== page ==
Account creation user experience/User testing

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We asked average Web users to complete account creation on Wikipedia (as well as a test wiki) in order to gather qualitative feedback about the experience and pinpoint any problems we may have been ignorant of in our A/B testing.

Background[edit]

We gave users the following instructions.

In this scenario, you will be testing the registration page for Wikipedia. We are trying to improve the experience for them, so we'd like to know what the experience is like. Remember, we are testing the interface, not you. If you are having difficulty with something, the problem is with our design. Please "think out loud" as much as possible; tell us your thought process during each task, and try to explain your general opinions as you arrive at them.

  1. Go to https://en.wikipedia.org/
  2. Create an account, once you have found the registration page. You may choose any user name, password, and other credentials you prefer. Be sure to talk through your decision-making process, and explain what you find helpful or frustrating.
  3. Once you have successfully created an account, please answer the questions...
    • Did you have a Wikipedia account prior to this test?
    • What, if anything, frustrated you most about the registration process?
    • What did you like about the registration page?

Standard experience[edit]

Tested with two users ACUX_control on English Wikipedia. The second of these tests included the only user who had registered and edited in the past.

The Good:

  • All users were able to quickly find the “create account” button.
  • All users were able to create an account.
  • In both forms, several people noticed and appreciated that email was optional.

The Bad & The Ugly:

  • Presence of username policy and other content definitely slowed down users. Even when they said they would ignore it, they had to scroll past it, and it increased the length of the tests. Choice quote: “A lot of stuff to ignore.”
  • One of the testers thought it was strange that there was an asterik next to the option email field, since usually required fields are marked that way.
  • Only one user got validation errors, but was clearly annoyed by it. Choice quote: “This could be a pain.”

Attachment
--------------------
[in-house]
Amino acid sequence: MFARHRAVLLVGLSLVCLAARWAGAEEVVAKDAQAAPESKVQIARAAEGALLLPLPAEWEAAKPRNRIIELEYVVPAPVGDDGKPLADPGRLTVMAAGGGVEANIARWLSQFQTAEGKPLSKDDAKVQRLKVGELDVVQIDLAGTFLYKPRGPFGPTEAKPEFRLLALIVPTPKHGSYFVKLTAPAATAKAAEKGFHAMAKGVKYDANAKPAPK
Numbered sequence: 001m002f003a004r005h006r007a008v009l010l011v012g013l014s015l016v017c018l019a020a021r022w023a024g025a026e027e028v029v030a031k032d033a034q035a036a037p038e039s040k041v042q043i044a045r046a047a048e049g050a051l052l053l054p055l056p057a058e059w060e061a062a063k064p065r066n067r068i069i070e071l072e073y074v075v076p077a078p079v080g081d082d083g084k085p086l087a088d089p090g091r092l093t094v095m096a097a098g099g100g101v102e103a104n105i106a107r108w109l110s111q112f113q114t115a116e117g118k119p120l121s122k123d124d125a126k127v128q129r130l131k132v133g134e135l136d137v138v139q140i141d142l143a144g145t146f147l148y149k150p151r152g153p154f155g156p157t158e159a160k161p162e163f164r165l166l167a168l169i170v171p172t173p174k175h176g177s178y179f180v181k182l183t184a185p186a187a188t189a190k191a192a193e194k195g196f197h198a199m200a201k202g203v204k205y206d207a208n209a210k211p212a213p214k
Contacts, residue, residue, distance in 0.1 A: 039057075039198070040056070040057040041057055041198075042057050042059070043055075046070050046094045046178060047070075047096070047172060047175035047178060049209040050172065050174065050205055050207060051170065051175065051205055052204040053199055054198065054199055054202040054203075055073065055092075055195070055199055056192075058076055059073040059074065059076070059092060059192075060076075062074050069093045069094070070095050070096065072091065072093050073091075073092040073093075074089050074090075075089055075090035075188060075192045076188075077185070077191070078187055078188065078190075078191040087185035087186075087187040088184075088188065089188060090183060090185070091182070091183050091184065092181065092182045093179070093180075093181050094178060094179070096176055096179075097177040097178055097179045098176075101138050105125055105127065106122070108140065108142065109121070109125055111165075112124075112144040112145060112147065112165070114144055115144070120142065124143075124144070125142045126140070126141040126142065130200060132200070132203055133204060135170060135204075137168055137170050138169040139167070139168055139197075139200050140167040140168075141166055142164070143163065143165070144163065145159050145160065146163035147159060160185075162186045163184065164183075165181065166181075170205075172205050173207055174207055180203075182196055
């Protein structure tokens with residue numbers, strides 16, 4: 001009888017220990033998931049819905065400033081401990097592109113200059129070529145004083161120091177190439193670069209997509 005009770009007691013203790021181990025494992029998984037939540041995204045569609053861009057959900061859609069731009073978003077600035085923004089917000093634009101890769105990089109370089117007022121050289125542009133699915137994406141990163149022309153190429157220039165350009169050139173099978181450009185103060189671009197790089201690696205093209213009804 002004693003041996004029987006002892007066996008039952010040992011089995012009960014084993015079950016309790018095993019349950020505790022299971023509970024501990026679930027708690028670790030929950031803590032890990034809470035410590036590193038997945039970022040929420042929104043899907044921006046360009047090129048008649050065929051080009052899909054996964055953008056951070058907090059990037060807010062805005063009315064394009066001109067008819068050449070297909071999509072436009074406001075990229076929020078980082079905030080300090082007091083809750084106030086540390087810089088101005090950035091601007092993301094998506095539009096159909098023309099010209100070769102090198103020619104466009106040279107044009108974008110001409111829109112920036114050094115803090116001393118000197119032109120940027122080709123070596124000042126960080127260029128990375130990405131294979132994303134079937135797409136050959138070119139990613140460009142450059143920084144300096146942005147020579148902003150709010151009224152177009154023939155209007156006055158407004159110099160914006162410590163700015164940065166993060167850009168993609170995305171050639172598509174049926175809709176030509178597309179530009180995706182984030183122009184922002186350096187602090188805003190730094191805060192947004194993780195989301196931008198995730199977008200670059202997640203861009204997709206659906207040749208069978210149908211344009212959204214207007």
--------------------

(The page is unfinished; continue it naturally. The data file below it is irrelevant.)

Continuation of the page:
• Users did actually read the landing page post-registration, and noticed the call-to-action regarding preferences. One woman spent the majority of her 8:41 test changing her preferences, tab by tab. This was very painful to watch.

ACUX[edit]

Tested with four users on ACUX_3 on Piramido.

The Good:

  • All users were able to create an account.
  • It was very fast to get through ACUX_3. The minimum time to create an account was 1:13. This may be helped by doing it on a test wiki where there are no username collisions, but still good news. Choice quote: “Much quicker than I expected.”
  • Users clearly read the instructional text in the fields.
  • Users noticed and appreciated client-side validation and the ui for confirming their choices.

The Bad & The Ugly:

  • The form used default field border styling, which looked inconsistent depending on the operating system. This will be fixed in Agora Login.
  • All of the users got the error about username being blank before entering text. Thankfully though, they ignored this error.
  • The CAPTCHA was the biggest hurdle to users in ACUX_3. They hated it. Choice quote: “This is ridiculous. I can’t even see this.” “I feel like it’s a little hard to read.”
  • When a user was stalled by the CAPTCHA, she read the “we can create an account for you” and was clearly confused by it.
  • In both forms, the fact that field content isn’t remembered on refresh frustrated users. On ACUX_3: “That’s irritating. Now I gotta go all the way back and do it again.” A second user didn’t even see that she had to go back. Could we consider adding something like garlic.js ?
  • One user was able to skim the benefits, but had to read the "Community" benefit more closely. Likely because the headline was not descriptive enough - it may need to be changed.
  • One user was hovering over benefit headlines, likely assuming they were links. These possibly need to be restyled.